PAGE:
Doc, fire up the DeLorean, because the Fishbowl Improv Comedy Group made their return to the new school year Friday with their show, “Back to the Fishbowl.”
The 293 seats in the U.S. Bank Conference Theatre at the Ohio Union were nearly full for the improv comedy group’s “Back to the Future”-themed show, which was inspired by one member’s “random” promotion ideas for flyers for the upcoming season.
“Instead of the main characters, (member James Garcia) would awkwardly Photoshop people from our group’s heads on (the bodies),” said group member Travis Kendall, a third-year in philosophy. “We just ended up rolling with it.”
Those ideas paid off for some in attendance.
“I thought it was absolutely hilarious,” said Sam Tony, a third-year civil engineering major. “This is, honestly, probably the best (Fishbowl) show I’ve been to, and this is probably the fifth or sixth (one).”
The show was just as exciting for the group members, especially after the summer break, said Fishbowl president Tyler Davis.
“Doing a summer of nothing, and then coming back and playing with these guys and having such an awesome audience to feed off of is just a great experience,” said Davis, a fourth-year in marketing.
One audience member in particular was pleased with the group’s performance.
“I thought it was great,” said former Fishbowl president and recent Ohio State graduate Alex Lefeld. “I was really proud of everybody … I was really impressed with what they had, especially this early in the year.”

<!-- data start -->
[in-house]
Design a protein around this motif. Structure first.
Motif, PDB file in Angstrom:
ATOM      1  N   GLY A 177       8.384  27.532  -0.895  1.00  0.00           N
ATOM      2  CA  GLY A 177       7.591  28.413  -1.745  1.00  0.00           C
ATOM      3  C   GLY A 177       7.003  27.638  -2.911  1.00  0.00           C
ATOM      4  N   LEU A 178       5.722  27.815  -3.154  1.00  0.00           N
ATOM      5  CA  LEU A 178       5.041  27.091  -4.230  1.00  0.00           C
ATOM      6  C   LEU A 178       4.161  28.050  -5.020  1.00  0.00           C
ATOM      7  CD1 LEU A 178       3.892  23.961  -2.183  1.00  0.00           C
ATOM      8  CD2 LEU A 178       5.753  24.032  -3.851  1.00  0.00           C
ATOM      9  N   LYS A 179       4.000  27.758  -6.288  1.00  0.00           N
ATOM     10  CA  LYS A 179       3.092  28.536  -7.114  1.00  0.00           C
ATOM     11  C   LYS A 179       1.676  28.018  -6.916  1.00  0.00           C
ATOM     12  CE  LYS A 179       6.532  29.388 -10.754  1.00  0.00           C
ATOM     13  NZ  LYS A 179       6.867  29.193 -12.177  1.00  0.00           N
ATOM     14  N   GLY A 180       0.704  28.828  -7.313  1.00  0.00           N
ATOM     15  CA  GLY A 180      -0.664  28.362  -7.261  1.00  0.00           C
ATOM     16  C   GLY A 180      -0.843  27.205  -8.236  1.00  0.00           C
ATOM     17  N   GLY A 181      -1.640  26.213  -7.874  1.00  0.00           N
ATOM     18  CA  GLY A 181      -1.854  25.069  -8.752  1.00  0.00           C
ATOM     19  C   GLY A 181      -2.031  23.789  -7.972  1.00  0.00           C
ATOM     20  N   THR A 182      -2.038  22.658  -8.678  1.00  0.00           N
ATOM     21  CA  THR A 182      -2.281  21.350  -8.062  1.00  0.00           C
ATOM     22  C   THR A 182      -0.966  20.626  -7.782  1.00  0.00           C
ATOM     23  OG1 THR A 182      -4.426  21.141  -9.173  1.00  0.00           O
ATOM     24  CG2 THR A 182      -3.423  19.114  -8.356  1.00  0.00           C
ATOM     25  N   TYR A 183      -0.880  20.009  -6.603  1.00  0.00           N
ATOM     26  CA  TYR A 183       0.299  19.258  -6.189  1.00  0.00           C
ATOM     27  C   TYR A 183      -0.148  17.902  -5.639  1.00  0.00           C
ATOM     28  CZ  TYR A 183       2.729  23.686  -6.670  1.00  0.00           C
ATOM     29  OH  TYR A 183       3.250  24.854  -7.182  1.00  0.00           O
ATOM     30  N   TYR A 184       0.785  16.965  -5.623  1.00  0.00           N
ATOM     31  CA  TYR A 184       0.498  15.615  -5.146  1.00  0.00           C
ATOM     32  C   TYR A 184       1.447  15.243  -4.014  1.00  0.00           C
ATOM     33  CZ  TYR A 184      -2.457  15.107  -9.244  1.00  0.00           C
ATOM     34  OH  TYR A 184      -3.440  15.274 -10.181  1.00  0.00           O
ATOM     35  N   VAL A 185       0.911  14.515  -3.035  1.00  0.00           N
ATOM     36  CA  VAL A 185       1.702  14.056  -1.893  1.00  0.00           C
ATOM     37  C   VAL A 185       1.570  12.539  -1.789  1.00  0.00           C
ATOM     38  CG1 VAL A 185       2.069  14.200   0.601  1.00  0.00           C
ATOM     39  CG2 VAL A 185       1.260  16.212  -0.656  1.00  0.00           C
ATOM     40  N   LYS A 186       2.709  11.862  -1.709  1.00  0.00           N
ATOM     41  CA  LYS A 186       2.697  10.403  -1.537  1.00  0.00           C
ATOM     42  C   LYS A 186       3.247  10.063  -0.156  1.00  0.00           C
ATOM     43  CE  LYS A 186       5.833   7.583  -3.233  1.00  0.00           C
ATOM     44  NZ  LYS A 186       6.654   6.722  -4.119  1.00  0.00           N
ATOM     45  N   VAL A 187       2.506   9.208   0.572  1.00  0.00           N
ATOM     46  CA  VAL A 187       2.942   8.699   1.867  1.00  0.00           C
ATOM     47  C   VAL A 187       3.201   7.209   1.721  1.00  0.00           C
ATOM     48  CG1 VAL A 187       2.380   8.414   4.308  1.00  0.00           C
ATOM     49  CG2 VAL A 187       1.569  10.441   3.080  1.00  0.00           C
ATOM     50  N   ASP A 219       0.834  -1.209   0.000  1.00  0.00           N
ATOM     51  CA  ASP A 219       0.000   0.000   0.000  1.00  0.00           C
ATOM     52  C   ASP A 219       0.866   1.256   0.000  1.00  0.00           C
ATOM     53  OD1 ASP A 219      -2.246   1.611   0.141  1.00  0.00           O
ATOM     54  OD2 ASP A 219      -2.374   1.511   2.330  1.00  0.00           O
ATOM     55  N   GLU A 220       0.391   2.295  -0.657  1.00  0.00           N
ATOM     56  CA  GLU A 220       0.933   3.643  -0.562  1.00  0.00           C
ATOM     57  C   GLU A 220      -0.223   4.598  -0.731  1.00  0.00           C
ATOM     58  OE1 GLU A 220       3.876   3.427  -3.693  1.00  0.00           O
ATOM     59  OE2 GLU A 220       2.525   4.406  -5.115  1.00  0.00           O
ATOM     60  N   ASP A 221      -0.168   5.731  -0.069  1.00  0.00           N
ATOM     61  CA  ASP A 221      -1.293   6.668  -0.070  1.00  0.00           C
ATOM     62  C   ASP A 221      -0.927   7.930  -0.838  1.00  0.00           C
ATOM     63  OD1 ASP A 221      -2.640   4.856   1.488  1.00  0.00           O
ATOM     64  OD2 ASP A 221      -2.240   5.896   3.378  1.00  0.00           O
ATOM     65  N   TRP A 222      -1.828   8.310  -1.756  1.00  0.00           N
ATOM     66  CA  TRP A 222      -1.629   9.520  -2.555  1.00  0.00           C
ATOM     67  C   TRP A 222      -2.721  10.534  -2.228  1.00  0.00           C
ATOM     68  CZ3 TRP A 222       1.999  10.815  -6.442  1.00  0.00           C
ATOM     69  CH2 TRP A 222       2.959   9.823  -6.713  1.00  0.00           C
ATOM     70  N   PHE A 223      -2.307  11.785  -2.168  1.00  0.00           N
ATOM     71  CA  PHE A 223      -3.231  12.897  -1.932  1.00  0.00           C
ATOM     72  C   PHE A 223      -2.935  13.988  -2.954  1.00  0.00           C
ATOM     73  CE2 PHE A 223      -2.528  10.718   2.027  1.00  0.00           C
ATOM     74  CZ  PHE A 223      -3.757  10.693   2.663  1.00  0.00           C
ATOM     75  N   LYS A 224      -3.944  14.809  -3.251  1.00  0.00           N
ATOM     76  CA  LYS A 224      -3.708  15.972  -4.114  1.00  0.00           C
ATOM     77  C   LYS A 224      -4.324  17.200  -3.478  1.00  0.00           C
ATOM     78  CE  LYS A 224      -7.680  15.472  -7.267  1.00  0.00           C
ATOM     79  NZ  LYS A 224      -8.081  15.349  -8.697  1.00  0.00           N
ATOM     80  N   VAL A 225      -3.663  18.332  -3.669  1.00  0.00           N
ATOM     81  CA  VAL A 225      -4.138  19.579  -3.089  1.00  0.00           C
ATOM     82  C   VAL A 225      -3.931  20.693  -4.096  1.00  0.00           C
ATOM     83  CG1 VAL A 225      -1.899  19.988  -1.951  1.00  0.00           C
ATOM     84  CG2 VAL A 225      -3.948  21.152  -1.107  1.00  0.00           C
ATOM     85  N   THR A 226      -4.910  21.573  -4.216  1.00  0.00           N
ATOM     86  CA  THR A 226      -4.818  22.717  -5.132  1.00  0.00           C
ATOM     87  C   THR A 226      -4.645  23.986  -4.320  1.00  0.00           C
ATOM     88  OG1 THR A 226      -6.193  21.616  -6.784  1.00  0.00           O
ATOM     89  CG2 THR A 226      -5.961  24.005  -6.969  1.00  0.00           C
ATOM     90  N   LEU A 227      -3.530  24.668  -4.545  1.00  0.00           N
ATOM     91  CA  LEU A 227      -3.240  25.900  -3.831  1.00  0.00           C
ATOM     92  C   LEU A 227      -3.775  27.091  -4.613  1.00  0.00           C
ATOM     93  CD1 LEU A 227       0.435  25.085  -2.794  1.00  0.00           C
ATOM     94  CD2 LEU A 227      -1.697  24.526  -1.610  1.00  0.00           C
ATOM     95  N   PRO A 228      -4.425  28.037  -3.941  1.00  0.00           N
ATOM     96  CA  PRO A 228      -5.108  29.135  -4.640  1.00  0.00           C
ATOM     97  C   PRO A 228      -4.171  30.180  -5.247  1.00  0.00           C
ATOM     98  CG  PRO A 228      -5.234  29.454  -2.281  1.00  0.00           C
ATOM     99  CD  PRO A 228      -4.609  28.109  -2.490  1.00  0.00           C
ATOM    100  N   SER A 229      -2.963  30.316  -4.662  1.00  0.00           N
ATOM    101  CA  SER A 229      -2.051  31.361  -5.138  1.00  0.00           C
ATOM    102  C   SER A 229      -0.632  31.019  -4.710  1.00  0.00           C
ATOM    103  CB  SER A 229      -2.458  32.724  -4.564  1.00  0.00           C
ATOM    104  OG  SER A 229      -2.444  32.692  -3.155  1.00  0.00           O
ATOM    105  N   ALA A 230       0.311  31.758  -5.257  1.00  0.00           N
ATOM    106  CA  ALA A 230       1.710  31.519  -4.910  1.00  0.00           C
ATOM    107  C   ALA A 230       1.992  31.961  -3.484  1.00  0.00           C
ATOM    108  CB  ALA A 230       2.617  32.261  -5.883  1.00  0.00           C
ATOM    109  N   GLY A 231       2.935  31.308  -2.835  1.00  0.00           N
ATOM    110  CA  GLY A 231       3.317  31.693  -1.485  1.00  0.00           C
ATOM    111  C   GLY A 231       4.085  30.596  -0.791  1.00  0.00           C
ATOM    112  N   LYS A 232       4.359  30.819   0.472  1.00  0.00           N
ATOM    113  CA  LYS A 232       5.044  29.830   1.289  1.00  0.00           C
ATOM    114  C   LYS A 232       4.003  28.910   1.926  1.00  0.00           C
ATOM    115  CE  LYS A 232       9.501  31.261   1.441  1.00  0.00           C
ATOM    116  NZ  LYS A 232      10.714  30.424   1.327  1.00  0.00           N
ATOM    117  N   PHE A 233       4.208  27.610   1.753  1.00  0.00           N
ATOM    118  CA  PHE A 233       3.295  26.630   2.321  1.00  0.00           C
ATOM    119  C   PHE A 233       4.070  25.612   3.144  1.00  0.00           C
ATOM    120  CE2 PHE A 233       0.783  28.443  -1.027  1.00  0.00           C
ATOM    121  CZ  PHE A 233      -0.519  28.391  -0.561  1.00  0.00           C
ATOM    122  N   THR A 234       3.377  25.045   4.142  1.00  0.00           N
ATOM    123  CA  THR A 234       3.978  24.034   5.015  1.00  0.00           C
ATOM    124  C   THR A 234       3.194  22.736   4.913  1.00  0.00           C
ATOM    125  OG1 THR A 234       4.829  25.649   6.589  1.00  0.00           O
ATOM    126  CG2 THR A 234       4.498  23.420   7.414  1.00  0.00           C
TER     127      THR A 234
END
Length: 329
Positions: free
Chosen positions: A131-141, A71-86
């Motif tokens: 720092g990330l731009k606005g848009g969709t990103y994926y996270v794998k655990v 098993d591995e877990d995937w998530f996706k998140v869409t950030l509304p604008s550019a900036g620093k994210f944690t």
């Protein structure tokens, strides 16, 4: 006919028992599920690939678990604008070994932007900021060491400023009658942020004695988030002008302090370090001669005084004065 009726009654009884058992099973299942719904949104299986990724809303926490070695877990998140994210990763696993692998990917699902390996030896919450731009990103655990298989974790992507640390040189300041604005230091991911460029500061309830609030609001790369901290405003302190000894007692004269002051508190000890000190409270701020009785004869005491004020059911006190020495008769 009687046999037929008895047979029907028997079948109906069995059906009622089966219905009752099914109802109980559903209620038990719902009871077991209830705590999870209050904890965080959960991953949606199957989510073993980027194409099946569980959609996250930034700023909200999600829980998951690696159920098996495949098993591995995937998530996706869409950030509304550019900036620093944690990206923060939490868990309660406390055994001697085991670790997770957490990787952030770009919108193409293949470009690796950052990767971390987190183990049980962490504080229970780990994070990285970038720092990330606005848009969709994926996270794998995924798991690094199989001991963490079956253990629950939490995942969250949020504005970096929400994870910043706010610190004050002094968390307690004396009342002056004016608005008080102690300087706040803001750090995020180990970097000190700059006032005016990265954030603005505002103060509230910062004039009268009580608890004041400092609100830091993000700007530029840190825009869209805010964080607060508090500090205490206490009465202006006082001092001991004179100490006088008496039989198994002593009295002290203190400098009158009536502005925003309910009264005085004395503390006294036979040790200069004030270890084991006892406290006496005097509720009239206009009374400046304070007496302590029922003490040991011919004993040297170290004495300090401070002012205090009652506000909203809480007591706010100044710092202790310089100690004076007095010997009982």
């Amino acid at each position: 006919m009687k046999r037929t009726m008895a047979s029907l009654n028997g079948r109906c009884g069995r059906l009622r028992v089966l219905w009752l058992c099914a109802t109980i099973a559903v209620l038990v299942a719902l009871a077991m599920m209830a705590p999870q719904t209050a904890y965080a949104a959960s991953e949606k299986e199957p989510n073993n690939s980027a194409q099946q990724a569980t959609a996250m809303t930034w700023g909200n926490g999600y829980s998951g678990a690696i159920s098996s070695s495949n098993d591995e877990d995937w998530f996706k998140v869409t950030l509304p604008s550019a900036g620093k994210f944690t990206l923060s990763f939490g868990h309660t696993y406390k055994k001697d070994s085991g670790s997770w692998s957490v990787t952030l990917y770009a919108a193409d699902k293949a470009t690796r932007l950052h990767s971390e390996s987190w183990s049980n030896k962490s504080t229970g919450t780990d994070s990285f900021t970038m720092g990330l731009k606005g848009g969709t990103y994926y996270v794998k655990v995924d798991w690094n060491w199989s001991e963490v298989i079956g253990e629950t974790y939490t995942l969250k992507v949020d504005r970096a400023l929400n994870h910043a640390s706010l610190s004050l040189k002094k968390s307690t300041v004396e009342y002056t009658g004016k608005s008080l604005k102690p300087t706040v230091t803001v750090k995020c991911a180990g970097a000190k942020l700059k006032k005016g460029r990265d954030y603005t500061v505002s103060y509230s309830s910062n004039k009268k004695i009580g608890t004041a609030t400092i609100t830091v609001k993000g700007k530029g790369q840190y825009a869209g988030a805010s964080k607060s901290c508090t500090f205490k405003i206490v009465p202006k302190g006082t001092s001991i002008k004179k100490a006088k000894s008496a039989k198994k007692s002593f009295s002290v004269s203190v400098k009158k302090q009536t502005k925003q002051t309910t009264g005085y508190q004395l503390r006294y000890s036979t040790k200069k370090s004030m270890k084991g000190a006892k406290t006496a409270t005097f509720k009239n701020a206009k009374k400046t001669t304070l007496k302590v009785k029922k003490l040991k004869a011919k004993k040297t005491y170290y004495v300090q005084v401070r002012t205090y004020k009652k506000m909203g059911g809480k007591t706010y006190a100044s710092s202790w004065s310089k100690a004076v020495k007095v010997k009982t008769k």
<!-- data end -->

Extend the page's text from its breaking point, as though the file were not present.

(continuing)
The show kicked off with a “Back to the Future” DeLorean spoof, with group members John Wernecke, Sage Boggs and Garcia running to the car. Though the car itself wasn’t there, the members ran out of the theatre, leaving the audience with a video of them plastered in a scene from the movie, in which they are sitting in the DeLorean talking to Michael J. Fox.
“It’s not like we planned it a whole lot,” Kendall said. “We literally shot the whole intro movie (Thursday) night.”
The group, which often shoots videos and uploads them to their YouTube account, got the idea for the video intro after bouncing ideas off one another and mapping things out after practice, Davis said.
“Even when we plan things, they’re not planned very well,” Kendall said.
Davis said there were many takes of just Wernecke and Boggs in front of a green screen.
After the many takes and hours of editing, the video premiered to roaring applause from the audience, leaving the group members wondering where talk of their video might lead.
“I want people to walk out saying ‘That was funny and I want to do that,'” said member Carly Kohake, a fourth-year in English.
One current group member did just that.
“It’s almost like an adrenaline rush, going from the audience to being up on stage,” said Anahita Ameri, a second-year in engineering, who joined the group in the spring.
Since its inception in 2009, the group has nearly doubled in members.
“What (our group) has become is so amazing,” Kohake said. “You become attached to improv and to the people you do it with and the thrill you get out of making other people laugh.”
Laughing, Kendall said, is “one of the biggest stress relievers.” Having shows right before exams is helpful and being able to laugh until one cries is a relief, he said.
“Hopefully everyone in here laughed at some point tonight and they got something off their chest,” Kendall said.